The small island that thinks big
25 min read
24 Jan 2017
Sören Håkandlind & Wärtsilä
25 min read
24 Jan 2017
Furetank might be a family-owned company operating from a tiny fishing village in Sweden, but it boasts a modern fleet of tankers. Plus, the LNG-fuelled vessels in its latest order are amongst the most technologically-advanced in the world.
For centuries, the small rugged island of Donsö, just off the west coast of Sweden, has been home to generations of fishermen and seafarers. Despite its proximity to the city of Gothenburg, a lack of cars and road access to the mainland ensures the island maintains a rustic, fishing-village ambience. The island’s small harbour is lined with wooden boathouses and packed with fishing vessels, while residents commute via bicycle, on foot or in electric golf carts.
It feels a long way from the frenzy and intensity of the international tanker trade, and yet this small community of just 1500 people is home to no less than ten tanker companies. Despite owning massive vessels that travel the globe, most of which cannot even fit into Donsö’s harbour, each of these companies continues to operate from this small island hamlet.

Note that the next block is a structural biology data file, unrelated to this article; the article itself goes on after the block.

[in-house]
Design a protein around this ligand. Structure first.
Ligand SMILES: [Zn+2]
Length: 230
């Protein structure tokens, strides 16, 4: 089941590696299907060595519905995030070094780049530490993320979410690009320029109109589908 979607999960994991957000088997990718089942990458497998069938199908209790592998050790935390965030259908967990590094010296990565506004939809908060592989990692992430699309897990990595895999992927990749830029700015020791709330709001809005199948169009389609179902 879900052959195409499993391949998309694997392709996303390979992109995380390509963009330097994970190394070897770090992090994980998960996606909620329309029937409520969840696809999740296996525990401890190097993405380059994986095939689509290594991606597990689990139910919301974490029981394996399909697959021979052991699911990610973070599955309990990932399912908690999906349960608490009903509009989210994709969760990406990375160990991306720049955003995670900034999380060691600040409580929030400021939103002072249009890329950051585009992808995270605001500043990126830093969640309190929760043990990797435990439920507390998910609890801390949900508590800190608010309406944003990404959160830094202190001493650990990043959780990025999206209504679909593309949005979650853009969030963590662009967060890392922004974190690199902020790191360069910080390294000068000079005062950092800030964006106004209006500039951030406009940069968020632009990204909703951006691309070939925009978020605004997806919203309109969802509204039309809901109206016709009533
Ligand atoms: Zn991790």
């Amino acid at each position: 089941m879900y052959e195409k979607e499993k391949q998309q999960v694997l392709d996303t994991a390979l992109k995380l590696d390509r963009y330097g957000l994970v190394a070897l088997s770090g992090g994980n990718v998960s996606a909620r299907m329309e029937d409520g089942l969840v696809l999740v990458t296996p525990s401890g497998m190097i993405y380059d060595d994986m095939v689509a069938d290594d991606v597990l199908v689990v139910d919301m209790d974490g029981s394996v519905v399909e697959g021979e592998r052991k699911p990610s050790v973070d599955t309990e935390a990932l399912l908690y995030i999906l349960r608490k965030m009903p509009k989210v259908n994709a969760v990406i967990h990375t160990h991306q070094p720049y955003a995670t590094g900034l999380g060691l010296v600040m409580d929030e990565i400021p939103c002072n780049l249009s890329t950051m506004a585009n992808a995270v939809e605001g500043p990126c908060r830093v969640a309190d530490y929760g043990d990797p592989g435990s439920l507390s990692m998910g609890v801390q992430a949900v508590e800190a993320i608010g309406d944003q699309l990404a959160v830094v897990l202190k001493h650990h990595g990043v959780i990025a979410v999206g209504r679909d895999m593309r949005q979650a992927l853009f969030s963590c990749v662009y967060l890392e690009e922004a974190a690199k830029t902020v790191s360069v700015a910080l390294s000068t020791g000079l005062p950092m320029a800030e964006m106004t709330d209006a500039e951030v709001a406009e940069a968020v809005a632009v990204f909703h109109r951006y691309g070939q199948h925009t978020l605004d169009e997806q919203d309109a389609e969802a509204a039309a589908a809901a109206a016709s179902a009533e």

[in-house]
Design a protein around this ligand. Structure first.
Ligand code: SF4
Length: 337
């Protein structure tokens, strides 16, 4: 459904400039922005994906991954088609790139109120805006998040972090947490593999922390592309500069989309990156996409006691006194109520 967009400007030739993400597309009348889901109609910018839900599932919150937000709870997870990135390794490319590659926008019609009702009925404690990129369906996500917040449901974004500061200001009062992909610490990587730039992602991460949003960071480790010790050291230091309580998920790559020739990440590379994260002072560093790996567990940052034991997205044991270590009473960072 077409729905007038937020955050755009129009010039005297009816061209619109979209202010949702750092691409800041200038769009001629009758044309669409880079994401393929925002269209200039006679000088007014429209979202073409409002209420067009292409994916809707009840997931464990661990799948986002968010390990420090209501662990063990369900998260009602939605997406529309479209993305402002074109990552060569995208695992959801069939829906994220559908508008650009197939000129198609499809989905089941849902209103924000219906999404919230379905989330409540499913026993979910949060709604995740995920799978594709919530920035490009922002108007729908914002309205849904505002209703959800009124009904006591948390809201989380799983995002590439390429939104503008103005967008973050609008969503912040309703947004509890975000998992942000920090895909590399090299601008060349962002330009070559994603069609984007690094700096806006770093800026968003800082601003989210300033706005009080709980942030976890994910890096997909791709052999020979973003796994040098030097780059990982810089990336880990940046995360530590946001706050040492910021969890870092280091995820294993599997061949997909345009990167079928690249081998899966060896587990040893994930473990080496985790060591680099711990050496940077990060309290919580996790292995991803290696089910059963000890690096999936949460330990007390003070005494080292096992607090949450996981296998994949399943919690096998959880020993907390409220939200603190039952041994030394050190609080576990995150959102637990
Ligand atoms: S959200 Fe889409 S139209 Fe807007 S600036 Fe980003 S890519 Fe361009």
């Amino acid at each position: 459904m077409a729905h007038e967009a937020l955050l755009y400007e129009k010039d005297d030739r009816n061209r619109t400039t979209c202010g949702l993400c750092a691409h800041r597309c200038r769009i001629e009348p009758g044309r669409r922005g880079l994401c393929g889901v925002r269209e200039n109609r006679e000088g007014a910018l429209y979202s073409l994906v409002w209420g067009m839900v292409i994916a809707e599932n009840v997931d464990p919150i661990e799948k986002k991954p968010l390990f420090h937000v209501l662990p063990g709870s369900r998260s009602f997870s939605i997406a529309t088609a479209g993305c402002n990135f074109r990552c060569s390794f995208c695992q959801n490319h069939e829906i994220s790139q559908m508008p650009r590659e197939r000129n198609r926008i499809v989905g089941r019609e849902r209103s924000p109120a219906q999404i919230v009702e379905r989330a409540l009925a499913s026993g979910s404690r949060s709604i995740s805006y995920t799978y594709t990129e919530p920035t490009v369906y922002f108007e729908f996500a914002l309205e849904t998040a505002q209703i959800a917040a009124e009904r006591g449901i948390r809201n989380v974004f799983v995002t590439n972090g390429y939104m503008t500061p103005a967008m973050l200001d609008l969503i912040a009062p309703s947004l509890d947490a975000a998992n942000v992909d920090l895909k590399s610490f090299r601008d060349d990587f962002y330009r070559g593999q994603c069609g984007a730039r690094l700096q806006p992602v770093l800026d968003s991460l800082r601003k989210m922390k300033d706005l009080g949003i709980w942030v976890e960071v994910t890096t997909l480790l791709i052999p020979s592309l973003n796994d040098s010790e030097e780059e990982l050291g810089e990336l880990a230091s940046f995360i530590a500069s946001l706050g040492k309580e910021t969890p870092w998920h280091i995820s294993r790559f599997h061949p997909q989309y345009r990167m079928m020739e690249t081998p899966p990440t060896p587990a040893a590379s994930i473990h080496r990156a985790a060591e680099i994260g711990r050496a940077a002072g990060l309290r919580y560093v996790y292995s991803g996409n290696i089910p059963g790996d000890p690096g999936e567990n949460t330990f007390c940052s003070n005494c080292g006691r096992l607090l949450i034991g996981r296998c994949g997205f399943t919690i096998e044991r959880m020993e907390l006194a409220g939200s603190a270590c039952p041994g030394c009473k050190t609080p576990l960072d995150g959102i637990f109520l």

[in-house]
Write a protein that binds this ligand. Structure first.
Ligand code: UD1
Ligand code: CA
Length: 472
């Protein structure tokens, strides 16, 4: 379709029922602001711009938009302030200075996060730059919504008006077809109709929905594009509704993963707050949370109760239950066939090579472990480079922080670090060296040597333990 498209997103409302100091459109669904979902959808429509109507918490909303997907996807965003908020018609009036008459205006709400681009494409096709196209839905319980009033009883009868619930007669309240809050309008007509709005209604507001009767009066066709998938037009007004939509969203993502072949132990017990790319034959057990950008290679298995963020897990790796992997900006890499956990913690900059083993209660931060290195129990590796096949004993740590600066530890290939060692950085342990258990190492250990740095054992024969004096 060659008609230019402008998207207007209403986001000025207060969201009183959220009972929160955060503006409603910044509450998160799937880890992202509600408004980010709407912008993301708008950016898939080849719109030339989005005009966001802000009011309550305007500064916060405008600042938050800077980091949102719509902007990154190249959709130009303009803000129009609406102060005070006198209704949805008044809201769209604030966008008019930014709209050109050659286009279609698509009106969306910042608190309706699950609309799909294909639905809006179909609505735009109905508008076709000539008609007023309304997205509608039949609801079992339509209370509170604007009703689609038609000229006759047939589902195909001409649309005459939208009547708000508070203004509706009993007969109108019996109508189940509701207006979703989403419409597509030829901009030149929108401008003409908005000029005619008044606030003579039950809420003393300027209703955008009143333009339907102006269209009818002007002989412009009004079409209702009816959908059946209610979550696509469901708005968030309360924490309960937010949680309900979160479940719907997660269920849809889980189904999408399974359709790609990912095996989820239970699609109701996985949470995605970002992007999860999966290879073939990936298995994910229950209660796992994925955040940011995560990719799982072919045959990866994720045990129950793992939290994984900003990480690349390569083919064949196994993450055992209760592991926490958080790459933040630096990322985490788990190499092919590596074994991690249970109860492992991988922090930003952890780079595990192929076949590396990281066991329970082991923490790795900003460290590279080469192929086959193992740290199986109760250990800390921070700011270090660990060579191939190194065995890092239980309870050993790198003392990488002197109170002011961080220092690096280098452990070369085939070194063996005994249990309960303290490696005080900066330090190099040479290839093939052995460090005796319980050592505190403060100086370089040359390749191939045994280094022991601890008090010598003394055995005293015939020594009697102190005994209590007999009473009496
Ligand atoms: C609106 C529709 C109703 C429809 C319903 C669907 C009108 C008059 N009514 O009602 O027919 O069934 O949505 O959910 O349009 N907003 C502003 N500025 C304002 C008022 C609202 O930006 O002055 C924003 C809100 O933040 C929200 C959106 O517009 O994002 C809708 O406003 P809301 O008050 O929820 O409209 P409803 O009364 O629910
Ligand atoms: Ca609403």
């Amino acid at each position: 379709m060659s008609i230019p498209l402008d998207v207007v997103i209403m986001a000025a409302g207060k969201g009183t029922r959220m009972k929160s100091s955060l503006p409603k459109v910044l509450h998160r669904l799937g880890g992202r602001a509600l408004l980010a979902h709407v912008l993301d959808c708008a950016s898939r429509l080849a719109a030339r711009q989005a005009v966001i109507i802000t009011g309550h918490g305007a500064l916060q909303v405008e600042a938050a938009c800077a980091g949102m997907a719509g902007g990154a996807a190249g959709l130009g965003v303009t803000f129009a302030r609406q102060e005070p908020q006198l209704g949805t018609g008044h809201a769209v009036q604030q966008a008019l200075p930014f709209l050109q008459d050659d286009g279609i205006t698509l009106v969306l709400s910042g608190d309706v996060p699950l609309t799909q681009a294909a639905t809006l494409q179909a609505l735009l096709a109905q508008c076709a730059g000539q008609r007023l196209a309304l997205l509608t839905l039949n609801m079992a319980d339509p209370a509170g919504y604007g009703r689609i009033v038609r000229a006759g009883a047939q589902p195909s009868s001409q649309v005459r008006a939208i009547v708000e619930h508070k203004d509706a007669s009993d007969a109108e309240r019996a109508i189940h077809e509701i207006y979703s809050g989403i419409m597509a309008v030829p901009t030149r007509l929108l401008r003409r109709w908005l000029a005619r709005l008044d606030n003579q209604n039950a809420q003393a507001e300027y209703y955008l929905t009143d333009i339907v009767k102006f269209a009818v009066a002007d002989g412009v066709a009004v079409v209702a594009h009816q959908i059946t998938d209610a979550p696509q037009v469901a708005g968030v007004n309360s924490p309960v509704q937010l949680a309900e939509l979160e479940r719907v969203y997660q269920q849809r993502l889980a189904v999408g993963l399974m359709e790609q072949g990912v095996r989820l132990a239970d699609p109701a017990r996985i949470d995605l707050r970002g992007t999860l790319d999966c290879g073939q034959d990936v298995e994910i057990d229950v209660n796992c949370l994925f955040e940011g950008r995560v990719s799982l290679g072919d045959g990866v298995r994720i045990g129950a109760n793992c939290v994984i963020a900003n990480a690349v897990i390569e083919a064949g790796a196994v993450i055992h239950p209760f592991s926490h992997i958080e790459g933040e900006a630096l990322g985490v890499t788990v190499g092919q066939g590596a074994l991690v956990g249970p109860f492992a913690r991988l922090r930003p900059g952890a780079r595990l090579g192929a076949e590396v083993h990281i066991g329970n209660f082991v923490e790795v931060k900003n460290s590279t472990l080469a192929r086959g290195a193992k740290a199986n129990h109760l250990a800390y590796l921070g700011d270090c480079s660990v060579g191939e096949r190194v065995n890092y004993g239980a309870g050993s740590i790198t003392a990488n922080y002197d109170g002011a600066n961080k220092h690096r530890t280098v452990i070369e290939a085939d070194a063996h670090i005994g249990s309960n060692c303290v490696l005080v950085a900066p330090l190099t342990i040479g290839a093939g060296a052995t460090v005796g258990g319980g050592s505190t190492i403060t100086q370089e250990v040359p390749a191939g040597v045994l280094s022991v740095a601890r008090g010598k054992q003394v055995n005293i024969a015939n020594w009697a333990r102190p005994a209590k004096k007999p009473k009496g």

Lars Höglund was born and raised on Donsö, and started working as a seafarer when he was 15, on the same vessel as his father and grandfather. His family have owned boats of some description since 1680, and in the 1950s, when his family ordered its first tanker, Furetank was born. Today, Lars is Managing Director of the family-owned company, which owns five vessels, and operates a total of 18 tankers through Furetank Chartering. They are also part of the Gothia Tanker Alliance, along with six other companies. With a combined fleet of 35 vessels, ranging between 6,000 and 20,000 TDW (tonnage dead weight), the Alliance is one of the biggest operators of tankers in Northern Europe.
But with its head office in Donsö, Furetank is a company still firmly in touch with its roots. “We always start every visit with some history,” says Lars Höglund, pointing to the floor-to-ceiling collection of files and books in his study. “Here, my father has collected the history of every vessel that has ever been registered in Sweden, since 1880. Today, that is more than 17,500 vessels. He has collected information on when they were built, where they were built, who is the owner, where it was sold, the price it was sold for – everything right up until it is scrapped.”
Familial business bonds